Cash management is of vital importance for all organizations, but it’s especially important in the nonprofit sector. To ensure they can continue to fulfill their mission, nonprofits must embrace comprehensive cash management policies.
Many nonprofit organizations have a diverse revenue base, drawing income from donors, patrons, and unrelated business activities. At the same time, nonprofits have significant costs: from meeting payroll obligations to paying a wide variety of vendors, artists, and performers. Correctly accounting for all of these revenues and expenses is important to organizations’ long-term financial stability.
Effective cash management policies and controls are crucial not only in ensuring day-to-day liquidity. They also enable nonprofits to build cash reserves that ensure they can plan for the long term while remaining resilient in the face of unexpected financial challenges.
In this guide, we explore the importance of cash management to nonprofit organizations and outline several best practices that nonprofits can adopt in order to strengthen their cash management policies and improve their financial position.
Effective cash management can be the difference between making payroll and not.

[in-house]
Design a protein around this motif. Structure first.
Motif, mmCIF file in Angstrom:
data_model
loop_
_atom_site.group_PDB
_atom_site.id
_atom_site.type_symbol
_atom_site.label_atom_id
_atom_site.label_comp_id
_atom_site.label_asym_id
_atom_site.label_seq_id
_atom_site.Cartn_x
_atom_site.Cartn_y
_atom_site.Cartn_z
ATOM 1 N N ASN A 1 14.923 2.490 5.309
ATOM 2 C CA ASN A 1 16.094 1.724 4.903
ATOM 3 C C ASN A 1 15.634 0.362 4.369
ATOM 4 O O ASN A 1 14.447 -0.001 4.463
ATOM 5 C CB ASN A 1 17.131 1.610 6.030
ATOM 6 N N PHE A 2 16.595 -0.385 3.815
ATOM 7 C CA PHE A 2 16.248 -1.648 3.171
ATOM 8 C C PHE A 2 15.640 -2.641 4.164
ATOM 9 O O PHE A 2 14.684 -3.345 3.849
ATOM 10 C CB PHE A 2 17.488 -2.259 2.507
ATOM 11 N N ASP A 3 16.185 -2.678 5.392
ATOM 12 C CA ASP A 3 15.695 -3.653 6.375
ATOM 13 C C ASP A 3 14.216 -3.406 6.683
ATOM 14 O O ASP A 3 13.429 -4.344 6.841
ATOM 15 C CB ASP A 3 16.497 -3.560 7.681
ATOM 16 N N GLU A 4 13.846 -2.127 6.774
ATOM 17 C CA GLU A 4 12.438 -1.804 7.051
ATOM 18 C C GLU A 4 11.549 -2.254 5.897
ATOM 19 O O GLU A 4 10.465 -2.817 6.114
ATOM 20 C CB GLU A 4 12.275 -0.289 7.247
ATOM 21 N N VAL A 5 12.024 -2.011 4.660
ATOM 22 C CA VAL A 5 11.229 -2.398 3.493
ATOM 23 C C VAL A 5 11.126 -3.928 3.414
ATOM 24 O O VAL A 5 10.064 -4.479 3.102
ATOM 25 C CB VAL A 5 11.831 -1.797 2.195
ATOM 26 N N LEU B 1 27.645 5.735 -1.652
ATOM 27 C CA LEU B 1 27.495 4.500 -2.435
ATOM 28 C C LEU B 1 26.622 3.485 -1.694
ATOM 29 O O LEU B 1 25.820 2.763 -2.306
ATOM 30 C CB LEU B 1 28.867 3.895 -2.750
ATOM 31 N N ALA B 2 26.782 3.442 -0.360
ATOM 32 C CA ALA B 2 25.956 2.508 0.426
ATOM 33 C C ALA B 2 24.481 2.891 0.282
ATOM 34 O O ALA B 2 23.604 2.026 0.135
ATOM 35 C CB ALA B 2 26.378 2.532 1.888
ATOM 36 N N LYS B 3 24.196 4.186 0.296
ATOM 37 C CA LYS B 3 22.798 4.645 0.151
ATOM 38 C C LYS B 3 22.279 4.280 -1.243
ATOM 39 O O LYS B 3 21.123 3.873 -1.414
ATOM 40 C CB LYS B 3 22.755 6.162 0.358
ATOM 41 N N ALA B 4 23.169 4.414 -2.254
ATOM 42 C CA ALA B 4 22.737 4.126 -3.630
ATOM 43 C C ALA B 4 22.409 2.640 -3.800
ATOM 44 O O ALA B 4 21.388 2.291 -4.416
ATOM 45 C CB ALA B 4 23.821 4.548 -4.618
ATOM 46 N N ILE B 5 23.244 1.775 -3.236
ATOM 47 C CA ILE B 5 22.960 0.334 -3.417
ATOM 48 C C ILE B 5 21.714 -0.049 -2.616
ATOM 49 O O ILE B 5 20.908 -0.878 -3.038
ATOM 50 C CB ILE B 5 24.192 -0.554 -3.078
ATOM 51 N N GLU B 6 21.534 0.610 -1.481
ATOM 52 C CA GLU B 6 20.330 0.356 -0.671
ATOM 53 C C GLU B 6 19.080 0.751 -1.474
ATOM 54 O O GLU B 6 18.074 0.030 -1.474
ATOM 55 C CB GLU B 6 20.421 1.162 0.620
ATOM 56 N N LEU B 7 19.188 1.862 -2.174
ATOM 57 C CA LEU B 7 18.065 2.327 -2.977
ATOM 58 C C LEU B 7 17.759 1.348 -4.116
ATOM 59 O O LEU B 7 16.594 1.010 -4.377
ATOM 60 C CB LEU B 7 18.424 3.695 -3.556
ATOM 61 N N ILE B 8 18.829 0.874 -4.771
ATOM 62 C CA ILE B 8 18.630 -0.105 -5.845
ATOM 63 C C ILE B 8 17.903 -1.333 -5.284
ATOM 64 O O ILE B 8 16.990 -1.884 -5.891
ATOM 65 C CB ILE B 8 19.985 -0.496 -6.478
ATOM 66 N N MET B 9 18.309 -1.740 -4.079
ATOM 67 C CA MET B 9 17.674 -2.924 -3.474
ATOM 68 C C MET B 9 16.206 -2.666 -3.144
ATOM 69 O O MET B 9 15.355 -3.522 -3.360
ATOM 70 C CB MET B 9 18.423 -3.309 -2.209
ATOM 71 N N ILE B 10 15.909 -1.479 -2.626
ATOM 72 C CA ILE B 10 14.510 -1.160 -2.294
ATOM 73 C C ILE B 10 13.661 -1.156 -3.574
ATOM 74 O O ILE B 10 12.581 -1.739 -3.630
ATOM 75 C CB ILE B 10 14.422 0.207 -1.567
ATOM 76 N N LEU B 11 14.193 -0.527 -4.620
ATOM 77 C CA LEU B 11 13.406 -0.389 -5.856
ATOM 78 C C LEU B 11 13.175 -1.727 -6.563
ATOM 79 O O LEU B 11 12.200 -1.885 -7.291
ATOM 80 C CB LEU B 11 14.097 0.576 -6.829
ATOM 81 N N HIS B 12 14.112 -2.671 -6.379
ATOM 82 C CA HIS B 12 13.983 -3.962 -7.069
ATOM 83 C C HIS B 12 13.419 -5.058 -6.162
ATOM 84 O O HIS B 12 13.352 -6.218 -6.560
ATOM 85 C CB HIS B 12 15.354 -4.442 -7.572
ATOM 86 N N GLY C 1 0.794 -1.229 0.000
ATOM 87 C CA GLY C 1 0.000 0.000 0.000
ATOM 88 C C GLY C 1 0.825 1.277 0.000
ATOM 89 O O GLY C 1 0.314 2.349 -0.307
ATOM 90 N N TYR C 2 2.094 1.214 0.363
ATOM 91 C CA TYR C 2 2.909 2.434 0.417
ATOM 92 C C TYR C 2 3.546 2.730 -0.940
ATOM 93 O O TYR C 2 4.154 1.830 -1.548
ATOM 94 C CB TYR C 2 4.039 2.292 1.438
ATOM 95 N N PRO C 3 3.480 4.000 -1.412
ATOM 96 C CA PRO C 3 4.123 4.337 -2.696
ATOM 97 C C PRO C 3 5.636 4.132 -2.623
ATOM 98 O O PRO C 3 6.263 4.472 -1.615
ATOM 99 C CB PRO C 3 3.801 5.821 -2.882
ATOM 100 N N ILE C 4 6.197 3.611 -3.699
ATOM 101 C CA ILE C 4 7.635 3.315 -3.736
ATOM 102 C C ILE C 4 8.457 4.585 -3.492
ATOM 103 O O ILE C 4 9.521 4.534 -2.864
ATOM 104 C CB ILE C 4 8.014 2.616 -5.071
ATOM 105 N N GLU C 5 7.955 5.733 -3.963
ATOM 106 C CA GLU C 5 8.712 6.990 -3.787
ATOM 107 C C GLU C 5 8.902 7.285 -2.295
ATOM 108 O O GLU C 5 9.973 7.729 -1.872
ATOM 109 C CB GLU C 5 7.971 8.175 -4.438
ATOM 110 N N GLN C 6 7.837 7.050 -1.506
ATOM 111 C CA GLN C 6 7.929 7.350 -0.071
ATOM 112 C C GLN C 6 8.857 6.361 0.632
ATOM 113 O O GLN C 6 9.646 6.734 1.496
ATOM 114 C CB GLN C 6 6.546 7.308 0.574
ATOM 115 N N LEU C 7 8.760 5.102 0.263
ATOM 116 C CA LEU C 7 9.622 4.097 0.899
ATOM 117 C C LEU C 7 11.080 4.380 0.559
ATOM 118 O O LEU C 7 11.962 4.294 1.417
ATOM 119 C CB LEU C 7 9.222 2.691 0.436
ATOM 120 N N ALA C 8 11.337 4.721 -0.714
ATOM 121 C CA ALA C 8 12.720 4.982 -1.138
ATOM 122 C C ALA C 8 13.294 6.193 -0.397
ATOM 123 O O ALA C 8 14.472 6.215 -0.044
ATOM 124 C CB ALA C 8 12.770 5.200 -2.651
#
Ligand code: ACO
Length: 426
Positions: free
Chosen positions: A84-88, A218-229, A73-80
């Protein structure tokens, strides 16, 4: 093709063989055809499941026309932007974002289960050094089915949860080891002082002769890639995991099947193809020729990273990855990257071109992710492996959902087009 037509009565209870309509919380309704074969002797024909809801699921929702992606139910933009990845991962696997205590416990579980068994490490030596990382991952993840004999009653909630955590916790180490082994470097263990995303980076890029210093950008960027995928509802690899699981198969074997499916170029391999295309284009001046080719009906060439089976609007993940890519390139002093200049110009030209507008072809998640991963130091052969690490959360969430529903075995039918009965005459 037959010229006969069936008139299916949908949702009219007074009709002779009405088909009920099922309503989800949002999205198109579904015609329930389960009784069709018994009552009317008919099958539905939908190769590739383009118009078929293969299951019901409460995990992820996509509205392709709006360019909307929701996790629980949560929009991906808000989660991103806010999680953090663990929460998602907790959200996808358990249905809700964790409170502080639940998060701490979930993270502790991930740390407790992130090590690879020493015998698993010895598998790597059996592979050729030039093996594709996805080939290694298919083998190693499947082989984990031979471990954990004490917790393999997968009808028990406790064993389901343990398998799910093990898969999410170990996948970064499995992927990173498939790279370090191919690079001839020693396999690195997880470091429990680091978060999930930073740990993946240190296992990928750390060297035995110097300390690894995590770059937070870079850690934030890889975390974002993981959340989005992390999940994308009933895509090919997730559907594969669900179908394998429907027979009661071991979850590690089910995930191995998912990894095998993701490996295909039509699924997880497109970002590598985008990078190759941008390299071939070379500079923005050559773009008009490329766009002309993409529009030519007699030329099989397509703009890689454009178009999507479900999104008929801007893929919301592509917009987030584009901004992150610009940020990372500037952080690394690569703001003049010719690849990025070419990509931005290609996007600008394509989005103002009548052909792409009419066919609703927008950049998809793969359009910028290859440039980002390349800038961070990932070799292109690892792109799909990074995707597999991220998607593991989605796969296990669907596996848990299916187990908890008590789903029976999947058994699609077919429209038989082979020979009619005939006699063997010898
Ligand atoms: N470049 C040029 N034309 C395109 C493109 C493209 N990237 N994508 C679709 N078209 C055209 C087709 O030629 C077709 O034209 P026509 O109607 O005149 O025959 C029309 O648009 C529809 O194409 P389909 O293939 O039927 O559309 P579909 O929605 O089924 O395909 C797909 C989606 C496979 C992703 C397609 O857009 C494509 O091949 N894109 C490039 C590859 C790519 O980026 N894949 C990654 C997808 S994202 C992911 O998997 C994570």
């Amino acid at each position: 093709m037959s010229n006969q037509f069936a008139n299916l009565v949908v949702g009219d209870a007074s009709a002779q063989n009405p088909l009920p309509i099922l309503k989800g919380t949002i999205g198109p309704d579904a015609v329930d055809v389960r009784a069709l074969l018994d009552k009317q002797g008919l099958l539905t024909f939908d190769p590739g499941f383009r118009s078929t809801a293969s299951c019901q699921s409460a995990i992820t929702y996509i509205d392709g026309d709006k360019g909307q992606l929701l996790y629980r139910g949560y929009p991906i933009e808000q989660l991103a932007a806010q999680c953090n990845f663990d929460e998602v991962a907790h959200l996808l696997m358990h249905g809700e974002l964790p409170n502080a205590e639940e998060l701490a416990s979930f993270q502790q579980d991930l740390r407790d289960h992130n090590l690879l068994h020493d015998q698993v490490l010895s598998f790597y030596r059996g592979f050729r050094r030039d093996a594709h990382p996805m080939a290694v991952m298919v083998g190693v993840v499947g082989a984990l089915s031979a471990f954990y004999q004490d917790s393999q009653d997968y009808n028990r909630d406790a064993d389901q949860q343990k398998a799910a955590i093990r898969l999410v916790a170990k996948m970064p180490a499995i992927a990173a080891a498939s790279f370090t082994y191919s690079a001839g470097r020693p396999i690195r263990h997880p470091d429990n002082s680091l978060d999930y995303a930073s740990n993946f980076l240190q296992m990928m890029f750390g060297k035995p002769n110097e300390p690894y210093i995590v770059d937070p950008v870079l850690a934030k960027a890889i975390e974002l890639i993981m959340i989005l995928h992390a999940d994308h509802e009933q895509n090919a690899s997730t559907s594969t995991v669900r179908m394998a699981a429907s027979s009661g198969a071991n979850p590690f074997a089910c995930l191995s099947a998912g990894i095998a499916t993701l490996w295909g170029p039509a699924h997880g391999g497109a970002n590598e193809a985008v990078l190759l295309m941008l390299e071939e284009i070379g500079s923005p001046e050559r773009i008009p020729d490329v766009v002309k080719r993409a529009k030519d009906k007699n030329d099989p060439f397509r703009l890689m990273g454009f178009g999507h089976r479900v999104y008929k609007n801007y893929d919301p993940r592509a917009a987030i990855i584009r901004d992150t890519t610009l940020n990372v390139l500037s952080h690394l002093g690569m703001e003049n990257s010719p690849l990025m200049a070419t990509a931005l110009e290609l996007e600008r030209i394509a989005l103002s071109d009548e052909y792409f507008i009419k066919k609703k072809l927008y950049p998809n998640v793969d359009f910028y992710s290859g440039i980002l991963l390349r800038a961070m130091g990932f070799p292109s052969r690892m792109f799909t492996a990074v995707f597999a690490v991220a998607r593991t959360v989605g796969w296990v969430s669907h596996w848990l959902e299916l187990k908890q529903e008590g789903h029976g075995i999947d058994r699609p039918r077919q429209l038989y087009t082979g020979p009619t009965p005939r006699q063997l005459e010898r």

This is especially true for organizations with a significant element of seasonality in their revenue model. Examples of this include independent schools that collect tuition revenues at varying levels from year to year depending on payment plan options exercised by students or a botanical garden that sees increased attendance during the summer but is less well attended in the winter months.
When an organization has uneven monthly cash flows, a cash management plan can help them conserve and appropriately disburse these funds throughout the year. Only with robust budgeting and forecasting can a nonprofit ensure it retains liquidity throughout the fiscal year.
Cash management isn’t just important for day-to-day liquidity. It also ensures an organization has the capacity to make forward-looking investments that advance its mission. Take the example of an art museum: when they host a temporary exhibit, they must pay the artist two or three years in advance. Retaining the ability to make these investments helps organizations invest in the sustainability of their organization, laying the framework for programs that will attract new guests and donors.
Developing sufficient cash management policies requires a more mature financial infrastructure.
Creating the appropriate internal controls and budgetary oversight measures is an important first step, but as we explain below, there are other steps that financial leaders in nonprofit organizations can take to further strengthen their organization’s cash management policies.
Perhaps the most important element of cash management is ensuring that your organization follows a routine monthly accounting cycle. It’s important to actively track accounts receivable and payable and regularly review your organization’s cash position against its monthly forecasts.
Prepare a monthly financial package that tells a true story of what has occurred each month. A Quickbooks report is a good starting point, but it’s important to work with an experienced nonprofit accounting firm to build a more advanced model that projects the future financial trajectory of your organization.